The stimulant Ritalin is linked to undesirable changes in risk-taking behaviours, sleep and weight, new research finds.
Ritalin is one common type of stimulant taken by college students as a ‘study enhancer’.
It is often prescribed to people with ADHD to help them focus.
But its off-label use as an aid to learning has risen in recent years.
It works by increasing neurotransmitter levels linked to problem-solving, reasoning and other behaviours.
Studies find that somewhere between 14% and 38% of students use stimulants to help them study.
These include Ritalin and amphetamines, such as Adderall and Dexedrine.
The drugs are also finding their way into high schools.
The 5 most common side-effects of Ritalin use are:
- dry mouth,
- anxiety and nervousness,
- and appetite loss.
Other side-effects include agitation and restlessness, irritability, dizziness, heart rate increase, blurred vision and seesawing emotions.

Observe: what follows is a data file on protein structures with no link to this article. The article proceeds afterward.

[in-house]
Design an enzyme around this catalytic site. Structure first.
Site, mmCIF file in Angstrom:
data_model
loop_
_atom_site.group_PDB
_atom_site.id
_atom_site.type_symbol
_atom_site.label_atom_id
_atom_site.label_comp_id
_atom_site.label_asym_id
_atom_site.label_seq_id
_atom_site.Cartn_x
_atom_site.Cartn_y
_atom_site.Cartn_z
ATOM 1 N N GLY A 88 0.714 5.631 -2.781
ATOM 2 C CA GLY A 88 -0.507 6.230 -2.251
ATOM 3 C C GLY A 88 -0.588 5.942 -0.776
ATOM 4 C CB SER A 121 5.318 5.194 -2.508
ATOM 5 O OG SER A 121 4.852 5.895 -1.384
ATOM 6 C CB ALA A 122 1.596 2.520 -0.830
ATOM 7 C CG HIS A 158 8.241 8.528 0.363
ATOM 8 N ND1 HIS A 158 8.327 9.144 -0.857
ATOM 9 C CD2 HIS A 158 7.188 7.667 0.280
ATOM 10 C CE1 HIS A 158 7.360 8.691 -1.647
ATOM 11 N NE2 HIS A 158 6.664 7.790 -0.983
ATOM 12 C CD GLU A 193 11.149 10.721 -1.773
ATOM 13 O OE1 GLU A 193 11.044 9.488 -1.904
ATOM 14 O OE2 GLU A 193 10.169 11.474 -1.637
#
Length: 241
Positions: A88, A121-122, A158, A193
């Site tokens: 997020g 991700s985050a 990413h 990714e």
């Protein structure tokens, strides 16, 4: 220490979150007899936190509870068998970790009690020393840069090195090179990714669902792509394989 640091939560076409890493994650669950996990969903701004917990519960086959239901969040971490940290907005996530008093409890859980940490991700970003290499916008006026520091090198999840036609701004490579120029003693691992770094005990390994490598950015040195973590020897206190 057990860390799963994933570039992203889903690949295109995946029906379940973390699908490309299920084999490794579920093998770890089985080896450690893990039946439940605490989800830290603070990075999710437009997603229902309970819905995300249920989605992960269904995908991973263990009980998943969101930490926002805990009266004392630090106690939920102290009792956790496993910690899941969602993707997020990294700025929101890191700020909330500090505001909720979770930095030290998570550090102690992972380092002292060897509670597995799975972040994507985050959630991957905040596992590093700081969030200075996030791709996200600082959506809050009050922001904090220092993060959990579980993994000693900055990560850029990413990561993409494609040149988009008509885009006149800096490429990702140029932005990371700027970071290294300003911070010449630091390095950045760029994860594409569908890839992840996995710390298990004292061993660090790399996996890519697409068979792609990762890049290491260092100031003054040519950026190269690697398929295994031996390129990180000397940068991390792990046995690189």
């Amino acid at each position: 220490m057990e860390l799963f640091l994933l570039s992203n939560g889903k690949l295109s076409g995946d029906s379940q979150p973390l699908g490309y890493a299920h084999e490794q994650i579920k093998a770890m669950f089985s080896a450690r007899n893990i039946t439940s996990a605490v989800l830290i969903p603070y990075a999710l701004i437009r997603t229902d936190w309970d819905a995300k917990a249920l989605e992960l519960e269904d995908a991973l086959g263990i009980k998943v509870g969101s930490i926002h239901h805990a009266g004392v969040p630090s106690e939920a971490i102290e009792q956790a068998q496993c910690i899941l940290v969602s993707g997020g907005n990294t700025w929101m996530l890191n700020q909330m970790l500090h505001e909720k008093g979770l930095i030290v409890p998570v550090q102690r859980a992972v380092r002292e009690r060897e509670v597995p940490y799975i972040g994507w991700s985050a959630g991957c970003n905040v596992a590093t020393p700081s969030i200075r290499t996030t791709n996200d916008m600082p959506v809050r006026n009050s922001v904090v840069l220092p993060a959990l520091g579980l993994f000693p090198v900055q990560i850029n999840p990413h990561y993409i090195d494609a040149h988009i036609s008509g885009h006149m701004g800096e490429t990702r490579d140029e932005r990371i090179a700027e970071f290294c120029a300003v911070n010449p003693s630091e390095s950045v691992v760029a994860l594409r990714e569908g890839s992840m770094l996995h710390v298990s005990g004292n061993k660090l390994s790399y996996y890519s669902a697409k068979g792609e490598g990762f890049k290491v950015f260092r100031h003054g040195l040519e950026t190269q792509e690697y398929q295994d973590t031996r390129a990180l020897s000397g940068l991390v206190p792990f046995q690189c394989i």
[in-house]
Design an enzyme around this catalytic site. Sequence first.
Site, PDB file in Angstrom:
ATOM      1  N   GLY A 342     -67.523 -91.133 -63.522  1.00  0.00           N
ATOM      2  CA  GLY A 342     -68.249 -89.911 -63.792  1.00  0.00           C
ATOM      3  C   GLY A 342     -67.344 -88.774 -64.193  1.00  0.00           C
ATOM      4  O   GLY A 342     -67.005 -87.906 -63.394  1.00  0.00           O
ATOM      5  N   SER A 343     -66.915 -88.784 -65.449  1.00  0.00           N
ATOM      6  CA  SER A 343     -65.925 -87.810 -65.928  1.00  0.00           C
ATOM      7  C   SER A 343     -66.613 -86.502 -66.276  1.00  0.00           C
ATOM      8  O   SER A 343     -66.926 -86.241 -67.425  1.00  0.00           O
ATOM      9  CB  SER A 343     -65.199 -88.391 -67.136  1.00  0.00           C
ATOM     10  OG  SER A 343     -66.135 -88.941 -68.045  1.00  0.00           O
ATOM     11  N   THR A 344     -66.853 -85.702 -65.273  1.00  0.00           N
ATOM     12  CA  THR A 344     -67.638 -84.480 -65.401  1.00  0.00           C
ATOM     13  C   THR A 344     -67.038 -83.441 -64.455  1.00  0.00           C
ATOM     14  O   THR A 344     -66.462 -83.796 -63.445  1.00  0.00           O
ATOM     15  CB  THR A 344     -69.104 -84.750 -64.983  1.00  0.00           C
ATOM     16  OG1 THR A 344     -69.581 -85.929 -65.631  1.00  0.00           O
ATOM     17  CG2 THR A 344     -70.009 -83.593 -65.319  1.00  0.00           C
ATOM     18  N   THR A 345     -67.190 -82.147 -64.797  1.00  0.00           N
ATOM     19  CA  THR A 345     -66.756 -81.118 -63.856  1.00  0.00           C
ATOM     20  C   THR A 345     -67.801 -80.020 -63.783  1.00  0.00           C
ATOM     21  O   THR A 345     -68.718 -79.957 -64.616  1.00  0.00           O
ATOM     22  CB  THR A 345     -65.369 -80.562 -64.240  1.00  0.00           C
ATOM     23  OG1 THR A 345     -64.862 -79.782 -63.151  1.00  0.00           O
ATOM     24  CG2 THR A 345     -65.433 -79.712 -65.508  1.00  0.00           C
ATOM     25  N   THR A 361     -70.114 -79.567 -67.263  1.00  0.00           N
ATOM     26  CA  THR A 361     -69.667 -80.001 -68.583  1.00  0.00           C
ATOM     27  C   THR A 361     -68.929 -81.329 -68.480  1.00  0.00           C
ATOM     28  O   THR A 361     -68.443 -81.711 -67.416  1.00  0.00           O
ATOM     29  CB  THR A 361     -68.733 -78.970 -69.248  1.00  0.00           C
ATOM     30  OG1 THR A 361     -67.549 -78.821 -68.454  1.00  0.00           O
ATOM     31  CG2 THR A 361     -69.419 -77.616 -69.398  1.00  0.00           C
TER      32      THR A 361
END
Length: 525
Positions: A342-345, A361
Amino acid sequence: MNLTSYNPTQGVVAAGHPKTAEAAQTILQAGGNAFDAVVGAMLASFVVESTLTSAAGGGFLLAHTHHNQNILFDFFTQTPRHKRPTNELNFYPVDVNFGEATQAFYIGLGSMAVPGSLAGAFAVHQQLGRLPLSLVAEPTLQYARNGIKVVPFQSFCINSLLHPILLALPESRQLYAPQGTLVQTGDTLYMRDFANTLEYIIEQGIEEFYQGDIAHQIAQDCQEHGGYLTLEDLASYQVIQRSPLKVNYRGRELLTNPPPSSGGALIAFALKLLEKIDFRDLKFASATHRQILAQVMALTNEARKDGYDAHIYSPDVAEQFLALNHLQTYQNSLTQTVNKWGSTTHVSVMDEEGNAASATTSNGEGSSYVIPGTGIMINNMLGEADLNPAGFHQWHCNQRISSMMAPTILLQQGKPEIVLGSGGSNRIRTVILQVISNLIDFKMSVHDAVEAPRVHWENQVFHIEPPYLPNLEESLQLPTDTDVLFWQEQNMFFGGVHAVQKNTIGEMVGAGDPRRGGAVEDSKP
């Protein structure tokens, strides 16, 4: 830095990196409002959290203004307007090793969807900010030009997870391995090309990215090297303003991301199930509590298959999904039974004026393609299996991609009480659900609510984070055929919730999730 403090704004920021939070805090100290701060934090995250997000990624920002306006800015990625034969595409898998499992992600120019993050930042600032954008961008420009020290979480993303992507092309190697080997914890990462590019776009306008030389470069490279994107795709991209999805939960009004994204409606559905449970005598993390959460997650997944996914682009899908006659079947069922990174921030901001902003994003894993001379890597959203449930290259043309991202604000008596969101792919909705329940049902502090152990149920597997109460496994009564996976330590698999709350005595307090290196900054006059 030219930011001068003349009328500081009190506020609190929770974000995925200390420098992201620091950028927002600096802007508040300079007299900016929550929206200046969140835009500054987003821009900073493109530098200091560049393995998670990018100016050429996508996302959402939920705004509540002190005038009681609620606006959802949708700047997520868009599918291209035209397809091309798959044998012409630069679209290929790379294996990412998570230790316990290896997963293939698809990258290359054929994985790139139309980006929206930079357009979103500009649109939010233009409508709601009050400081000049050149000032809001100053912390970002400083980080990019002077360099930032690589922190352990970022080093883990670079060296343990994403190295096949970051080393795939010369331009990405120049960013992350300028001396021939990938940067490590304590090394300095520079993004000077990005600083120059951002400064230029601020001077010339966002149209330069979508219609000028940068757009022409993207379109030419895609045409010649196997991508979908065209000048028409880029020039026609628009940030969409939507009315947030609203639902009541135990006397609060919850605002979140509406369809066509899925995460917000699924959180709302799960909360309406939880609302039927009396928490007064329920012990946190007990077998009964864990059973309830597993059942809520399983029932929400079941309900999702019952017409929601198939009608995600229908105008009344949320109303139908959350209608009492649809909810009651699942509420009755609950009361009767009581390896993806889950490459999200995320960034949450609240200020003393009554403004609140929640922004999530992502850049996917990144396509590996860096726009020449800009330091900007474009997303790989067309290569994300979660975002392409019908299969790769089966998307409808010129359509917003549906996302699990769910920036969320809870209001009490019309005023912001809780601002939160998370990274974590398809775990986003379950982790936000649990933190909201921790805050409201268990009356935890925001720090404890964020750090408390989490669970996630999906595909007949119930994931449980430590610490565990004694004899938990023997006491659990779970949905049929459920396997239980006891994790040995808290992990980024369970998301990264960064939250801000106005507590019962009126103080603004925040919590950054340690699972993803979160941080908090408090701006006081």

Dr Panayotis Thanos, who led the research, said:
“Although Ritalin’s effectiveness in treating ADHD is well-documented, few studies have looked at the drug’s effect on non-prescribed illicit use.
We wanted to explore the effects of this stimulant drug on the brain, behavior and development on non-ADHD subjects.”
The research looked at changes in the brains of rats who were given methylphenidate, which is the chemical name of Ritalin.
Dr Thanos explained the results:
“We saw changes in the brain chemistry in ways that are known to have an impact on the reward pathway, locomotor activity, and other behaviors, as well as effects on body weight.
These changes in brain chemistry were associated with serious concerns such as risk-taking behaviors, disruptions in the sleep/wake cycle and problematic weight loss, as well as resulting in increased activity and anti-anxiety and antidepressive effects.”
The female rats showed greater sensitivity to the drug.
Dr Thanos continued:
“Understanding more about the effects of methylphenidate is also important as people with ADHD show greater risk to be diagnosed with a drug dependency problem.
In addition, this study highlights the potential long-range risks college students take in using Ritalin for a quick study boost.”
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The study was published in the Journal of Neural Transmission (Robison et al., 2017).